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Tory MPs are understood to be looking to get rid of Prime Minister Boris Johnson before the next General Election in 2024 as they grow increasingly frustrated at his approach to the coronavirus crisis, which has left behind a crippled UK economy. Critics have accused Mr Johnson of being “obsessed” with Brexit and therefore not well equipped to deal with coronavirus as he reaches his 12-month milestone on Friday.
One Tory MP told The Guardian: “If the economic downturn and the fallout from an inquiry into the pandemic put the party into freefall, some have even begun to think Johnson may need to be replaced before the next election.
“The party has no emotional attachment to Boris because he does not give us something to believe in, apart from as a vehicle for power.
“So a year out, if the polls look bad, it could happen.”
One former Cabinet minister said: “The hard facts are that Boris is a good-time prime minister.
“His grip on detail is shocking.”
Of Mr Johnson’s record on the COVID-19 crisis, another Tory MP added: “I think Boris has shown in the first year that the government and the team in No 10 is obsessed – and obsessed isn’t too strong a word – with Brexit.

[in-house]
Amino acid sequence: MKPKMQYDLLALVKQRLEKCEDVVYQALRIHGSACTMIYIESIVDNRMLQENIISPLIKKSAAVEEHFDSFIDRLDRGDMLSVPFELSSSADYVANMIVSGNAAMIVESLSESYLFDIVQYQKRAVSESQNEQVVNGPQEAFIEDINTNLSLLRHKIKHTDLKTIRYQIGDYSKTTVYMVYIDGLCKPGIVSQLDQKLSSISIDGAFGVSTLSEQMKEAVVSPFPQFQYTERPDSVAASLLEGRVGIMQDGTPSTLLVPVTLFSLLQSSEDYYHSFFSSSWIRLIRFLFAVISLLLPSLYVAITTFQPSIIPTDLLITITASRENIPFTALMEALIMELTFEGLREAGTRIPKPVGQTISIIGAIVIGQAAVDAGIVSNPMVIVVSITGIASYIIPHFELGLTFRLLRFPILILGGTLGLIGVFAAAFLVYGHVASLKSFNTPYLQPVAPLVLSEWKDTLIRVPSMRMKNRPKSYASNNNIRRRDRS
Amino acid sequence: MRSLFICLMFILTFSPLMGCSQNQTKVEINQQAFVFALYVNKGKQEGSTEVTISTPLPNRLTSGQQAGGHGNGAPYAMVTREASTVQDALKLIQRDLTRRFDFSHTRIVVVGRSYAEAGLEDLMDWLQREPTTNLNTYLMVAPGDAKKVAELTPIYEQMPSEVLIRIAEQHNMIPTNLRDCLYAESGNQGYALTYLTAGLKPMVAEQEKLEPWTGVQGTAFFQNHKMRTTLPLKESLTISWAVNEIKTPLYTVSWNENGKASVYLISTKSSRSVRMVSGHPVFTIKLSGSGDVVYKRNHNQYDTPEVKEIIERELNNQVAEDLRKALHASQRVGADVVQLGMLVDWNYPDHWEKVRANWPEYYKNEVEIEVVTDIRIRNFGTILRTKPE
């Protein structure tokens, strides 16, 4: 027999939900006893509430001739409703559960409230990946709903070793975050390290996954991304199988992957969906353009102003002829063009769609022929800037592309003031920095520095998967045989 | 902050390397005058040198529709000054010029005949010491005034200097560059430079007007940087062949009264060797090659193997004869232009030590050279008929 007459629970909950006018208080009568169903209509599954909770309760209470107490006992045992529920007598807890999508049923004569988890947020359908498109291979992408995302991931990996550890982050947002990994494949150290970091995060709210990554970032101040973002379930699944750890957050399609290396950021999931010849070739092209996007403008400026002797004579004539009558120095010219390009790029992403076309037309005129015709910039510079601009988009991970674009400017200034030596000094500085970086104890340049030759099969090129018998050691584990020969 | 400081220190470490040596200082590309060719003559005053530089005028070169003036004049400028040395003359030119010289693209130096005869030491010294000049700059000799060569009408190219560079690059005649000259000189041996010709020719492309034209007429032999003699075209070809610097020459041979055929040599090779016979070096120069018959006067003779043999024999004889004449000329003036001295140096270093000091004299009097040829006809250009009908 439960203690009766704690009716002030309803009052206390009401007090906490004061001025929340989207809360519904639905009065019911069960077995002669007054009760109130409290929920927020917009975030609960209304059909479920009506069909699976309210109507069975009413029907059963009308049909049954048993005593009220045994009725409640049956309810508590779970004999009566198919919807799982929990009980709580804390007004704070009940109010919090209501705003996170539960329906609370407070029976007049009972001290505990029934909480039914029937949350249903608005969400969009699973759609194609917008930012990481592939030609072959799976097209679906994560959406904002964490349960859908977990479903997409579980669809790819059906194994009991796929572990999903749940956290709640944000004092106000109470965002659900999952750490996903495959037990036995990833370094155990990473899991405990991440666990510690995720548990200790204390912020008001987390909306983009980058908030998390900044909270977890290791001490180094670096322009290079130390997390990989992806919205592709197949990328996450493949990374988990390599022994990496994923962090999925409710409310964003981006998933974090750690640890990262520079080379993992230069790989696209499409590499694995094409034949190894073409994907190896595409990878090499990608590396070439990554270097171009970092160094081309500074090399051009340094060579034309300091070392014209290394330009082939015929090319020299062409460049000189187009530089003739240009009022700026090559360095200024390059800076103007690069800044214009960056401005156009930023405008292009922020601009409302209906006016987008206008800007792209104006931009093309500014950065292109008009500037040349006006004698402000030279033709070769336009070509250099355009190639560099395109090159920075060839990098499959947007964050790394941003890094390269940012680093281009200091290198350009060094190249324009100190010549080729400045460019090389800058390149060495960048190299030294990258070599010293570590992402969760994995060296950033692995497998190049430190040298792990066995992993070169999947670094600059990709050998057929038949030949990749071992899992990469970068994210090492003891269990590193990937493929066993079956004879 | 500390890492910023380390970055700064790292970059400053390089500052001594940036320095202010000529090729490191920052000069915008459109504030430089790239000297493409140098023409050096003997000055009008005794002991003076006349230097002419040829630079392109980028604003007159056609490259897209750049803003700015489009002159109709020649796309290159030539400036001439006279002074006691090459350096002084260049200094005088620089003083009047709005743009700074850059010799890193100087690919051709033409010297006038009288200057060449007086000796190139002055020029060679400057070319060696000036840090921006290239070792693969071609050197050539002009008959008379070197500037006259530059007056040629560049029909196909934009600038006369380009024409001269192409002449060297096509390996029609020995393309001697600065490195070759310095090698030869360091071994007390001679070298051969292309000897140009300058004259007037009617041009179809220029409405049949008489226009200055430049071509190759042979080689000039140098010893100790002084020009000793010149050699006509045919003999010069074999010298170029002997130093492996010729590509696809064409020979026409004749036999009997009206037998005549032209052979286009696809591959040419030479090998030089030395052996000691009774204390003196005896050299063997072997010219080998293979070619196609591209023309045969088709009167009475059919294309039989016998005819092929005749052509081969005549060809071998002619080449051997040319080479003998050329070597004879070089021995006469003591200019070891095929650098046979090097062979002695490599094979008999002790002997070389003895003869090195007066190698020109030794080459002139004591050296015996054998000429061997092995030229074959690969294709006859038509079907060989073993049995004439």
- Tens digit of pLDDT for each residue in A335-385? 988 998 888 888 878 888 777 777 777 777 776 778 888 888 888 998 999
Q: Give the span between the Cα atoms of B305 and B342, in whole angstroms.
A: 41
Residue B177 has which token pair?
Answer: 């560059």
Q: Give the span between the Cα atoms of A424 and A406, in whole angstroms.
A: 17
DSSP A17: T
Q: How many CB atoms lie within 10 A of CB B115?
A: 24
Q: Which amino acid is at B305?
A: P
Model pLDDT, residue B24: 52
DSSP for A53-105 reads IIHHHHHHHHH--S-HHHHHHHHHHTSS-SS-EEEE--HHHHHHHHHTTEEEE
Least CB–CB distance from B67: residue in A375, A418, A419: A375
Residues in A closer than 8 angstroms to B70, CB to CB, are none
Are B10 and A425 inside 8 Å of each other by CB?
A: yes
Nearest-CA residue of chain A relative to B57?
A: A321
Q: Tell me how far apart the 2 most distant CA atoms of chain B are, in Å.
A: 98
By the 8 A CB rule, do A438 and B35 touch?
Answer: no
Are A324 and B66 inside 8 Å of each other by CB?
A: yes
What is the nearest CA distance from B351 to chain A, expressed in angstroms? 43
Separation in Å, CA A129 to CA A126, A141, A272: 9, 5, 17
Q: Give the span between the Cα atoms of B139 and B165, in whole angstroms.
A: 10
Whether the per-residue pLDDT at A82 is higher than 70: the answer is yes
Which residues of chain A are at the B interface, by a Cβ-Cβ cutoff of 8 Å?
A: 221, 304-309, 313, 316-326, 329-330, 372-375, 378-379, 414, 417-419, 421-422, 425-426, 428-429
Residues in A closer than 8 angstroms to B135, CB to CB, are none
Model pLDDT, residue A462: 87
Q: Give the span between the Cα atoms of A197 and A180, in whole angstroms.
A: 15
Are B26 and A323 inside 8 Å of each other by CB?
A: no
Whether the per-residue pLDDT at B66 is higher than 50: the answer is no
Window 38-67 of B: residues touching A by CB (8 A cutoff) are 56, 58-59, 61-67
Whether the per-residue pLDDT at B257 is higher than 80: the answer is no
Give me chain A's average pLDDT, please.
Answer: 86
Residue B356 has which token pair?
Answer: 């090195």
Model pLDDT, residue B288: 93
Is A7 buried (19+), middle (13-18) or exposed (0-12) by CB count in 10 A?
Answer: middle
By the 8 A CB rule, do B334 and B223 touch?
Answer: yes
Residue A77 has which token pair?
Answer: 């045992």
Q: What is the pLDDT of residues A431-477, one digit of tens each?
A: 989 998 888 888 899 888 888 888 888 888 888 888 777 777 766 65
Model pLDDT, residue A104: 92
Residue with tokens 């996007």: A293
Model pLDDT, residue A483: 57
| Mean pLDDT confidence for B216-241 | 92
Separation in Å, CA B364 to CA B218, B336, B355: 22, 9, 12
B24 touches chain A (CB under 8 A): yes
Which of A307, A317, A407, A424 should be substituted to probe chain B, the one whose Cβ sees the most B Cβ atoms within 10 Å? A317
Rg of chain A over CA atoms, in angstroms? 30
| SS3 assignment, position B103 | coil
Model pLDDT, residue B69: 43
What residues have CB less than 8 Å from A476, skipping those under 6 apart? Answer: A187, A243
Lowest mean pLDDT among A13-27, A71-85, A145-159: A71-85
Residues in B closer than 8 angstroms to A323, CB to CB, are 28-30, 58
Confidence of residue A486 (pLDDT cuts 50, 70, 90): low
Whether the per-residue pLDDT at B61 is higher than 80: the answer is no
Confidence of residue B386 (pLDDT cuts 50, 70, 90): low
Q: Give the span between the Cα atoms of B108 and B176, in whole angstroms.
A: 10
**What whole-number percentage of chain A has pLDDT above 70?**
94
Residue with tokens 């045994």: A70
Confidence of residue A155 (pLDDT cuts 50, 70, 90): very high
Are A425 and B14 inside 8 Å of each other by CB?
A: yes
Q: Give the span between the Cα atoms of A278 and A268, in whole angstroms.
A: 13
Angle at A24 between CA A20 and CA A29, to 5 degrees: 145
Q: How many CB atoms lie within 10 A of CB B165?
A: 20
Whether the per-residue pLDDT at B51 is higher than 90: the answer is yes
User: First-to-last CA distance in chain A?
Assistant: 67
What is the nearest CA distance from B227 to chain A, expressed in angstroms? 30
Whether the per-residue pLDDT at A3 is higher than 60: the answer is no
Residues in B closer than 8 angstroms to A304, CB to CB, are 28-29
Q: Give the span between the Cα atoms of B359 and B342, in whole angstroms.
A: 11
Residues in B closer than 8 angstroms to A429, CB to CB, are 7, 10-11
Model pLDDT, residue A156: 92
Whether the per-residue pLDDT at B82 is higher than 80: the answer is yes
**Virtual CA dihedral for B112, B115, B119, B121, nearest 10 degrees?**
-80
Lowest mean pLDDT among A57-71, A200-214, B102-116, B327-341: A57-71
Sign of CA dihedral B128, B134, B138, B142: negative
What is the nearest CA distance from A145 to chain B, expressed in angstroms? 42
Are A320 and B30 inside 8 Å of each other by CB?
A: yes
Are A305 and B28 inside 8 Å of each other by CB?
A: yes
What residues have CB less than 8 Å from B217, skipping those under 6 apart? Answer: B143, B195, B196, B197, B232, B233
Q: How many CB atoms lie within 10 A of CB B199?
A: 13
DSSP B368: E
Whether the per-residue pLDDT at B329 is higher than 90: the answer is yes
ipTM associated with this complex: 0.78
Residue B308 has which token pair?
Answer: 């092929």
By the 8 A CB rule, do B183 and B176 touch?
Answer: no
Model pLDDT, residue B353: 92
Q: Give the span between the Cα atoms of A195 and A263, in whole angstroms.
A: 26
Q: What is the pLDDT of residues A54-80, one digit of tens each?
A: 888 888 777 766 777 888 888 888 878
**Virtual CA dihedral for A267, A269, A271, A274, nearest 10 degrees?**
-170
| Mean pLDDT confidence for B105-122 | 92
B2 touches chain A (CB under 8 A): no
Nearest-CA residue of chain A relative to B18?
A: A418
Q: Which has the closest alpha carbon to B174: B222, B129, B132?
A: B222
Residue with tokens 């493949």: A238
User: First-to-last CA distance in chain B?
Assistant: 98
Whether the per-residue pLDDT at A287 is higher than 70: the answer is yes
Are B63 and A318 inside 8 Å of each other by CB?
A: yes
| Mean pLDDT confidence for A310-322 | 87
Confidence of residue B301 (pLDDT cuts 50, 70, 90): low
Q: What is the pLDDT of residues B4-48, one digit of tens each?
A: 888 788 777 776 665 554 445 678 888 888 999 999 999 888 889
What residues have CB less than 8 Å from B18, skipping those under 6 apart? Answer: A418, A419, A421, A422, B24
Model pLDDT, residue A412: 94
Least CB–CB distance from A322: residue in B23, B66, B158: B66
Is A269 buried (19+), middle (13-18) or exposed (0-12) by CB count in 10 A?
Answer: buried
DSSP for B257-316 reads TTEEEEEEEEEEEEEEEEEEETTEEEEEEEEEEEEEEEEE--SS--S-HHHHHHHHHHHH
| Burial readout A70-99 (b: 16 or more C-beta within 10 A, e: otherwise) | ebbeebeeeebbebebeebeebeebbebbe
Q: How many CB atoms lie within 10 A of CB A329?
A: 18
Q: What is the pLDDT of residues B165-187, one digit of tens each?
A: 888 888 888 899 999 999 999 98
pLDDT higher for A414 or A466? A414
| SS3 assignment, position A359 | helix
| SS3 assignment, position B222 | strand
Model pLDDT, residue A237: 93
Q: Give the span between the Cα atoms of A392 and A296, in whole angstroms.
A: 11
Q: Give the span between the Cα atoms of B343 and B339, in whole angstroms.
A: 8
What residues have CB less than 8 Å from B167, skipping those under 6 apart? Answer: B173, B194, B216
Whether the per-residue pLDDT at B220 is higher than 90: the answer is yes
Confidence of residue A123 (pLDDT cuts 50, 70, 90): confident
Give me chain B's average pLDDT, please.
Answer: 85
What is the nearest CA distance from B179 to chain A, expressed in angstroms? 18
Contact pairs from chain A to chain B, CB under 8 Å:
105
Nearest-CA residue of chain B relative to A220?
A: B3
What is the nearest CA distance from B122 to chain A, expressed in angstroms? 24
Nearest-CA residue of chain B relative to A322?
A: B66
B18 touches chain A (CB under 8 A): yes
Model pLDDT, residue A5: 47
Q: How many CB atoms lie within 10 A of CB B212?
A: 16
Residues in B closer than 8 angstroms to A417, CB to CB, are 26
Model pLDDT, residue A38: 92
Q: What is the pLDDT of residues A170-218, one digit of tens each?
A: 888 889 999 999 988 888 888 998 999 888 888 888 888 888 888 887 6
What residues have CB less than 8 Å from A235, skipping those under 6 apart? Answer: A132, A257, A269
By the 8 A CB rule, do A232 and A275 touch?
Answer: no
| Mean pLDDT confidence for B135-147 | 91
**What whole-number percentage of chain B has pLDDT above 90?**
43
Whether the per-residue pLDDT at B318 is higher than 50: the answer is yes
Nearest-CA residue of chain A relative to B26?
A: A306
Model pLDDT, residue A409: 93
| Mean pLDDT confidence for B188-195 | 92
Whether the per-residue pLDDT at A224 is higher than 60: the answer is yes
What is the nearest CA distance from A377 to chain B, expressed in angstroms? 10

“And they were caught completely unprepared for COVID because they didn’t put together a government that had anything other than Brexit in mind.”
Mr Johnson’s first year in office has seen Brexit, a baby and a brush with death from coronavirus.
When he became prime minister on July 24 2019, his party was languishing in the polls and had not long suffered one of its worst ever performances at the ballot box, securing just 9 percent of the vote in elections to the European Parliament.
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But almost immediately the Tories’ poll share began to rise, from an average of 29 percent in the week he became PM to the mid-30s by the autumn, before hitting the early 40s at the start of the general election campaign.
After winning 45 percent of votes in the UK on election day, Mr Johnson then led his party to even dizzier heights in the polls, until the Tories found themselves averaging as much as 52 percent in the early weeks of the coronavirus crisis.
Then it all changed. From mid-May the polls have tracked downwards, not anywhere close to the lows seen last summer, but enough for the Tories’ lead over Labour to drop to as little as four points.
Once Mr Johnson enjoyed a solid lead over his Labour rival Jeremy Corbyn, even when his own rating was negative.
But now it is the prime minister who finds himself trailing his opposite number.
The latest net approval ratings from Opinium put Mr Johnson on -4 percent and Sir Keir Starmer on 21 percent.
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